• Losing control of your body movements.

Types of Dissociative Identity Disorder

There are different types of dissociative disorder. There is more information on each of these below.
It is important to remember that you could have the symptoms of dissociation without a dissociative disorder. There is also a lot of disagreement among professionals over dissociative disorders.

Dissociative amnesia

If you have dissociative amnesia you might not remember things that have happened to you. This may relate to a stressful or traumatic event, but doesn’t have to.

• who you are,
• what happened to you, or
• how you felt at the time of the trauma.

This is not the same as simply forgetting something. It is a memory ‘lapse’. This means you cannot access the memories at that time, but they are not permanently lost.

With dissociative amnesia you might still engage with other people, such as holding conversations. You might still remember other things, and live a normal life. But you might have flashbacks, unpleasant thoughts or nightmares about the things you struggle to remember.

You may have dissociative amnesia with dissociative fugue. This is where someone with dissociative amnesia travels or wanders somewhere else, related to the things they can’t remember. You may or may not have travelled on purpose.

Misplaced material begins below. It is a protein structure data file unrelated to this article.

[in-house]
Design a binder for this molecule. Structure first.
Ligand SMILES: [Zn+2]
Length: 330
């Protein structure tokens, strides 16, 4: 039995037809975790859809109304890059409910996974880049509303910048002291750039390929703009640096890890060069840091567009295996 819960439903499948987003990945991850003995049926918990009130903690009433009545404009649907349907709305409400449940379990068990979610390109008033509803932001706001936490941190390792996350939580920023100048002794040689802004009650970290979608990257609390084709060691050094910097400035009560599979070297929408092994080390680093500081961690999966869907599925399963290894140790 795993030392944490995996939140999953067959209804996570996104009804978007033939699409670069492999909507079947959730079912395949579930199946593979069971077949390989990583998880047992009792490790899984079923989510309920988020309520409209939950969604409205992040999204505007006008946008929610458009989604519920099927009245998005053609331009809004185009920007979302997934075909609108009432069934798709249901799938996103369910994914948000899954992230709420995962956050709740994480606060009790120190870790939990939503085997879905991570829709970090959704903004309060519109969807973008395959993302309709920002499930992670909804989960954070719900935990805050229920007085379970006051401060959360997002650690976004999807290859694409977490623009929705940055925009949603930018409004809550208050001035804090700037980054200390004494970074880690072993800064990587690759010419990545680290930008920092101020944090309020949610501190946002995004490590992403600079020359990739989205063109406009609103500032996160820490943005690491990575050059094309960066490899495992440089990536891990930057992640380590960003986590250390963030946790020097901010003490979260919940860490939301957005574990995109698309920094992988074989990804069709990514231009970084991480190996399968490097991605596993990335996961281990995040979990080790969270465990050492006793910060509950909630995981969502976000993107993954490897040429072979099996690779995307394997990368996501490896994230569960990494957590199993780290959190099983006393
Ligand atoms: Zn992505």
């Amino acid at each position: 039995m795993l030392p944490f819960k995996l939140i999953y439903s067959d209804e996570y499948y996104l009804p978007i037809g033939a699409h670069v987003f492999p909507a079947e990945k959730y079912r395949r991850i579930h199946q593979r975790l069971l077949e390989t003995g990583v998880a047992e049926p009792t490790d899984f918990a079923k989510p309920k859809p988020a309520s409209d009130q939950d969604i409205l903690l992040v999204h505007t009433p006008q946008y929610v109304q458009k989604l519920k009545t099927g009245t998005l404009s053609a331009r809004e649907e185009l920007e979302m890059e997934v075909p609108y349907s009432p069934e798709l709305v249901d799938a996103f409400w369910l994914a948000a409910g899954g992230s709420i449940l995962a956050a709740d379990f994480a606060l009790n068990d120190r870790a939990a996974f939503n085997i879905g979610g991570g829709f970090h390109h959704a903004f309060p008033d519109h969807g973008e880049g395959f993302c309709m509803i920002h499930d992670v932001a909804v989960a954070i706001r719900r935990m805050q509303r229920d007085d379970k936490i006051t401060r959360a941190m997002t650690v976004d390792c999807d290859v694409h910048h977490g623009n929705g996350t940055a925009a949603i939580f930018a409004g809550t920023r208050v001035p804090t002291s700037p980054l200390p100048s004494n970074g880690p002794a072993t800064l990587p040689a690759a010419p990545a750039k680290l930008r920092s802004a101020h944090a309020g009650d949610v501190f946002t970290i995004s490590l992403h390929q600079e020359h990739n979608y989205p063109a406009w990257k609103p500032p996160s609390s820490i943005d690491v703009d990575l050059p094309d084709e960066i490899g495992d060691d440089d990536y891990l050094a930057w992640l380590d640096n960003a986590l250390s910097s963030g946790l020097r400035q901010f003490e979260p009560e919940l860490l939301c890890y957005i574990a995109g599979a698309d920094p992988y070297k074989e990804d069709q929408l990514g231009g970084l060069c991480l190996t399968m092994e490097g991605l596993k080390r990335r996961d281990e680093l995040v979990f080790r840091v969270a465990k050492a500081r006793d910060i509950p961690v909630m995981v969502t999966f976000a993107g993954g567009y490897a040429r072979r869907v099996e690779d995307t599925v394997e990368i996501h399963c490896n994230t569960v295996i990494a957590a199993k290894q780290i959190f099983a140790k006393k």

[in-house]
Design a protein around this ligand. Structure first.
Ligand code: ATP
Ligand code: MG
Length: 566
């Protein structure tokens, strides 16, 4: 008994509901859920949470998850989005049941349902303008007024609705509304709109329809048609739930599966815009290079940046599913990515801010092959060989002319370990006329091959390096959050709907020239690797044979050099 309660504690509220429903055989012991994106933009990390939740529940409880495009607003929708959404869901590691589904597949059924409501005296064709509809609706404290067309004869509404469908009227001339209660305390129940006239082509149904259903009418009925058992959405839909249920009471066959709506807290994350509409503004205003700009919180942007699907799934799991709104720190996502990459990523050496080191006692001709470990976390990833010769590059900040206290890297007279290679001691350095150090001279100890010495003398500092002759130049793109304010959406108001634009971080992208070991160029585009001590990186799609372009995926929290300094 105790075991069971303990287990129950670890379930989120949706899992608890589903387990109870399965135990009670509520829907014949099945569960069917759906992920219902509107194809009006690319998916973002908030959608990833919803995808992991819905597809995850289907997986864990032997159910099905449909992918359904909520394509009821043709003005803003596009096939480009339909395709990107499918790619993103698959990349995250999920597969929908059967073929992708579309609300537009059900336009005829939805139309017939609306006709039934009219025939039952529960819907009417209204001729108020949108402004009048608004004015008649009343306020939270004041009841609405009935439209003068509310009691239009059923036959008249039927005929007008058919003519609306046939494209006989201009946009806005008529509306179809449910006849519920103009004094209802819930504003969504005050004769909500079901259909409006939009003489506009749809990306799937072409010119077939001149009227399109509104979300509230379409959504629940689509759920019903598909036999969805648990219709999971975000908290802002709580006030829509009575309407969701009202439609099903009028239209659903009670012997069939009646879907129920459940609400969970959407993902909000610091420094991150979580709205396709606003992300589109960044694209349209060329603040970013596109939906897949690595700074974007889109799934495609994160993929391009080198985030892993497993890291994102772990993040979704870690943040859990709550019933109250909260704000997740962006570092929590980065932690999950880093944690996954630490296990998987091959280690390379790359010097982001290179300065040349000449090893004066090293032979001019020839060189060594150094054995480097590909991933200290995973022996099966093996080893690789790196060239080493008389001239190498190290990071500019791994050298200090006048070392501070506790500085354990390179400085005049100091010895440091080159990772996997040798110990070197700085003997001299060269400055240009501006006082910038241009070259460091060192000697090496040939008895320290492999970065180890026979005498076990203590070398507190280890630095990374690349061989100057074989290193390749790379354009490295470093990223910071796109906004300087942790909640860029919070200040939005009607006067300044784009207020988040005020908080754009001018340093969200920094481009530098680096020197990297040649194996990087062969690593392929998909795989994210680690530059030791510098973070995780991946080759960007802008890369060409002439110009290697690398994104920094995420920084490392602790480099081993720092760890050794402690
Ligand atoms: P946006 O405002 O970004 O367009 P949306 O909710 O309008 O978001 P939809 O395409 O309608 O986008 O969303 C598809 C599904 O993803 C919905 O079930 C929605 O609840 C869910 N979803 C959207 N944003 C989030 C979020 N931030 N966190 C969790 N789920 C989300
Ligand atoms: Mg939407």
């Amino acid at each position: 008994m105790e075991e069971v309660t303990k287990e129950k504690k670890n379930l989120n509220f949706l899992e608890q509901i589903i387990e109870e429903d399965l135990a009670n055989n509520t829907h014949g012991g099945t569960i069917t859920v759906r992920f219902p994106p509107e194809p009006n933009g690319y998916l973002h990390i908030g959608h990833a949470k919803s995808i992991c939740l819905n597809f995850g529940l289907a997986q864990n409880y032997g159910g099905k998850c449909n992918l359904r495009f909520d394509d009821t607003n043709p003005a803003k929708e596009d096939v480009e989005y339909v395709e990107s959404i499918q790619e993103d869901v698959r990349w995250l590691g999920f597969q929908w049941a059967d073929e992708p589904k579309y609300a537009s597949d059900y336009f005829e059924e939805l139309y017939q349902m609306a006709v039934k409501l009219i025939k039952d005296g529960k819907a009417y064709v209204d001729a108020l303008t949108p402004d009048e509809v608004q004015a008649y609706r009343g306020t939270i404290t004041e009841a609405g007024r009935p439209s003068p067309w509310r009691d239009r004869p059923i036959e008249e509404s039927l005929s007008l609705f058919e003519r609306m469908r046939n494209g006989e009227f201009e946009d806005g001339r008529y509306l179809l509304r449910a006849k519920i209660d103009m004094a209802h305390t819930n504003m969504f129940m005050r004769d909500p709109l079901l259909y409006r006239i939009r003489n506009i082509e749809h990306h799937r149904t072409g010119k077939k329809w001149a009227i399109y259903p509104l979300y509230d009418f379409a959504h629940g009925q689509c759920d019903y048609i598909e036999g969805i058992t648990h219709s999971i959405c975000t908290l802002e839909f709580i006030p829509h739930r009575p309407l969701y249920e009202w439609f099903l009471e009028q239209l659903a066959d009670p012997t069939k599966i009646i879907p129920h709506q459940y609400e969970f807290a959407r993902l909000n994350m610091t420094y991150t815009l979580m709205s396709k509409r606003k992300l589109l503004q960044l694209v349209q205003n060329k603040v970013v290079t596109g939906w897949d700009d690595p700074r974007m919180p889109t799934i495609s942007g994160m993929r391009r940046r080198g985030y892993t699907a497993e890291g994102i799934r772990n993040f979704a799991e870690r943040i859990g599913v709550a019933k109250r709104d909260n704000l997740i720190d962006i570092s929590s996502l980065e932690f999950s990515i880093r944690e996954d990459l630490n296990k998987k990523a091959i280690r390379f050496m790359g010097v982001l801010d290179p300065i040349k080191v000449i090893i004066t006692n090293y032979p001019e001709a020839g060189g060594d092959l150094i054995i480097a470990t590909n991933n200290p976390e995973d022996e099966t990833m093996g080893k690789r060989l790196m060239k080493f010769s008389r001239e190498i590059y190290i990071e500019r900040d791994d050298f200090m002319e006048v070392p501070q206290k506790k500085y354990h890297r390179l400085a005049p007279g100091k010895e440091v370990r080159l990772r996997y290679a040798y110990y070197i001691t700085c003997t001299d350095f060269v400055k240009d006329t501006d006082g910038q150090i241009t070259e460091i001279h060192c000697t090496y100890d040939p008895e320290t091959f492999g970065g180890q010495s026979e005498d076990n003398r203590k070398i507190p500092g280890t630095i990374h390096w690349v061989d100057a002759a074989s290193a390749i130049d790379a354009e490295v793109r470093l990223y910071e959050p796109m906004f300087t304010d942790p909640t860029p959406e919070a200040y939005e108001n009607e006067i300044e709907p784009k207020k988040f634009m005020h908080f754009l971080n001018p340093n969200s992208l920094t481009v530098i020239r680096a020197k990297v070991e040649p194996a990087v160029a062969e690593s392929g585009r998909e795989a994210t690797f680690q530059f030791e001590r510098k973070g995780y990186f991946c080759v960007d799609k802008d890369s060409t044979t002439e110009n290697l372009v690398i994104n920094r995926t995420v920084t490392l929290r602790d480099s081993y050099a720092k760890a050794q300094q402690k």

Dissociative identity disorder (DID)

Dissociative identity disorder (DID) is sometimes called ‘Multiple Personality Disorder'. But we have called it DID in this section.

If you have DID you might seem to have 2 or more different identities, called ‘alternate identities’. These identities might take control at different times.

You might find that your behaviour changes depending on which identity has control. You might also have some difficulty remembering things that have happened as you switch between identities. Some people with DID are aware of their different identities, while others are not.